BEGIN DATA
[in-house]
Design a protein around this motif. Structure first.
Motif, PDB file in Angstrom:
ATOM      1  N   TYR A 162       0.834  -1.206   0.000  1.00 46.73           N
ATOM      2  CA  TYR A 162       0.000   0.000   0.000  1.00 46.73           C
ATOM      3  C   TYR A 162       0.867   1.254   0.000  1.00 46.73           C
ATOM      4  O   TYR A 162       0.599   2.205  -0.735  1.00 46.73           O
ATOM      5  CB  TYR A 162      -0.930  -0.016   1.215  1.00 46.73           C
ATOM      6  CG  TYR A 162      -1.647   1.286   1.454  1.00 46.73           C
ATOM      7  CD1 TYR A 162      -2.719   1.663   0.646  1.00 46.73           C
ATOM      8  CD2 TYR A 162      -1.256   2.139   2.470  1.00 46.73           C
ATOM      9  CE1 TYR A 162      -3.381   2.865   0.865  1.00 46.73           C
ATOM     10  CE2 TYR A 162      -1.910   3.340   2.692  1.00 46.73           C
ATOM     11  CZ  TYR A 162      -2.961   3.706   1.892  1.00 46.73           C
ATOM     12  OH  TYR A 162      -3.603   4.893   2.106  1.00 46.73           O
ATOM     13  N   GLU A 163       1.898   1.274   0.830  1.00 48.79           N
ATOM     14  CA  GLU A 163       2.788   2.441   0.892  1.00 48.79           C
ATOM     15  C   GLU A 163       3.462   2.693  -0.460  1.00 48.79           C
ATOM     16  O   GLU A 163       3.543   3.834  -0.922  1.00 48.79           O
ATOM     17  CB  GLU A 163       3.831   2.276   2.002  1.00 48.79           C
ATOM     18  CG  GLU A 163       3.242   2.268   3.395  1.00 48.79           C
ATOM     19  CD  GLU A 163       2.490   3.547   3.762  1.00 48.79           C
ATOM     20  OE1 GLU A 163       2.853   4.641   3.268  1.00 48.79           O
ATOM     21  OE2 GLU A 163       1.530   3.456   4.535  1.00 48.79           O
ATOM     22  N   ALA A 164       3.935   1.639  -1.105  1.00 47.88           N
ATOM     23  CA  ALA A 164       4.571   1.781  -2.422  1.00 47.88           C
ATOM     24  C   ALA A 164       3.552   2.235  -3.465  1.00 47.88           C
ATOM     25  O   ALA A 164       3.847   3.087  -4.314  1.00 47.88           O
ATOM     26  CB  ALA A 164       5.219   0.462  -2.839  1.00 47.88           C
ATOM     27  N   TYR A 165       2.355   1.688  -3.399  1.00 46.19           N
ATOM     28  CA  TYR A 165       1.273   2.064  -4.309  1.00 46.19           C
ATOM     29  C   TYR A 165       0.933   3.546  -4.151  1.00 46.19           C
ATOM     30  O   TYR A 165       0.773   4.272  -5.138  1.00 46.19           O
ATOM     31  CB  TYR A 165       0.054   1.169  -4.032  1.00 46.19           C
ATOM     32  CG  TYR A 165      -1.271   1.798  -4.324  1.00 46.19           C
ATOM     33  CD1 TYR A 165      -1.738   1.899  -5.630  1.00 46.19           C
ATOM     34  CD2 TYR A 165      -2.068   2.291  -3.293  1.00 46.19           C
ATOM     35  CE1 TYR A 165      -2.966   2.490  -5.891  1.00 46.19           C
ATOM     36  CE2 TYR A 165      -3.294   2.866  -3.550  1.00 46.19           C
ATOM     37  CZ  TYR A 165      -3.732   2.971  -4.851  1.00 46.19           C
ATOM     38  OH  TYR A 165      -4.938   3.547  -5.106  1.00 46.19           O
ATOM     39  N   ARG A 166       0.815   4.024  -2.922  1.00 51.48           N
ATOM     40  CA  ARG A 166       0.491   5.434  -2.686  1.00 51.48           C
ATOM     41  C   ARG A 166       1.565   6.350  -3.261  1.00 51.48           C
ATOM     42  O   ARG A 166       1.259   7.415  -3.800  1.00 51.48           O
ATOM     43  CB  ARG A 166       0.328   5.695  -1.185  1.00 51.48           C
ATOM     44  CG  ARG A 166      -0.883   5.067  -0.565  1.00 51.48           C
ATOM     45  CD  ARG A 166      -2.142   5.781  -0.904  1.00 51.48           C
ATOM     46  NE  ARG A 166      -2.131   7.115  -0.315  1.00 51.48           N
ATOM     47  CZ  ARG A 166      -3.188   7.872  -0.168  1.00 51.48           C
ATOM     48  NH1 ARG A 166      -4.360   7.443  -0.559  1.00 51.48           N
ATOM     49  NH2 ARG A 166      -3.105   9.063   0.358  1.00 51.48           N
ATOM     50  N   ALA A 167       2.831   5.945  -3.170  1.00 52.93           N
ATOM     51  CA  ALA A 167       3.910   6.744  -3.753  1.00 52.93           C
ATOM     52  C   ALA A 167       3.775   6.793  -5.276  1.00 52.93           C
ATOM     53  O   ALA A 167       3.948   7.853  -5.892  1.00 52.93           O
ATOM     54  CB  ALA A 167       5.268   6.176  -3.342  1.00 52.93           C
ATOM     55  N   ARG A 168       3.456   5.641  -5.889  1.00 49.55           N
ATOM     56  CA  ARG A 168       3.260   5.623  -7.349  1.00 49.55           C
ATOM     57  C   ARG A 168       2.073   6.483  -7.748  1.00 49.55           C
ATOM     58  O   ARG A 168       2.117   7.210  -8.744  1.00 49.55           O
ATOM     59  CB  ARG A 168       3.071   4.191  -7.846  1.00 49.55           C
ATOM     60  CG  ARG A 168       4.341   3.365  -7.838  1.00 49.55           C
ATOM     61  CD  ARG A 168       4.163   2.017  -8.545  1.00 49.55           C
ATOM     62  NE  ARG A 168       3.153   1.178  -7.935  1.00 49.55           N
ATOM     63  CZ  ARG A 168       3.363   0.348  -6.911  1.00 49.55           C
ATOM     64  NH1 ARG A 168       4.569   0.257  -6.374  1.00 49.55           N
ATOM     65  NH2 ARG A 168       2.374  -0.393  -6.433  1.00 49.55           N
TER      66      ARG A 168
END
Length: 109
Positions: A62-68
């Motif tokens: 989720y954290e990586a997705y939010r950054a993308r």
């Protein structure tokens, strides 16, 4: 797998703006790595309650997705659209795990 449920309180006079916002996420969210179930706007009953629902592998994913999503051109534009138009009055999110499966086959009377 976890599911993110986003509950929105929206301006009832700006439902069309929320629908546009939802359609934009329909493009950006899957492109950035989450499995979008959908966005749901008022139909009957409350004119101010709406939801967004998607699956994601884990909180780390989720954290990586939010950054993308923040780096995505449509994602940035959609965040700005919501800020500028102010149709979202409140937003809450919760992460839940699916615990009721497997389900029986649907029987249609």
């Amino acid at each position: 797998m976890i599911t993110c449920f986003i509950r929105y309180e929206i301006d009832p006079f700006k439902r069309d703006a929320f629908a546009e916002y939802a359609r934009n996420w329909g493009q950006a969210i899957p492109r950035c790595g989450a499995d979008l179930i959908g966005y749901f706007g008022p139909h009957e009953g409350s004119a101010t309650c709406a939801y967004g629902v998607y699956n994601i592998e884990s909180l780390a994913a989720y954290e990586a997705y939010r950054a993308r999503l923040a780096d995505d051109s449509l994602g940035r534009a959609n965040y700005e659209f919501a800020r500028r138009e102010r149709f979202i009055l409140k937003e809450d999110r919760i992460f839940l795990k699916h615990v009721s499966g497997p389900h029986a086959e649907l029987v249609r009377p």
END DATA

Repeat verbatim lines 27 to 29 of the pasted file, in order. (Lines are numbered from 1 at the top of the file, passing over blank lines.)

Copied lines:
ATOM     24  C   ALA A 164       3.552   2.235  -3.465  1.00 47.88           C
ATOM     25  O   ALA A 164       3.847   3.087  -4.314  1.00 47.88           O
ATOM     26  CB  ALA A 164       5.219   0.462  -2.839  1.00 47.88           C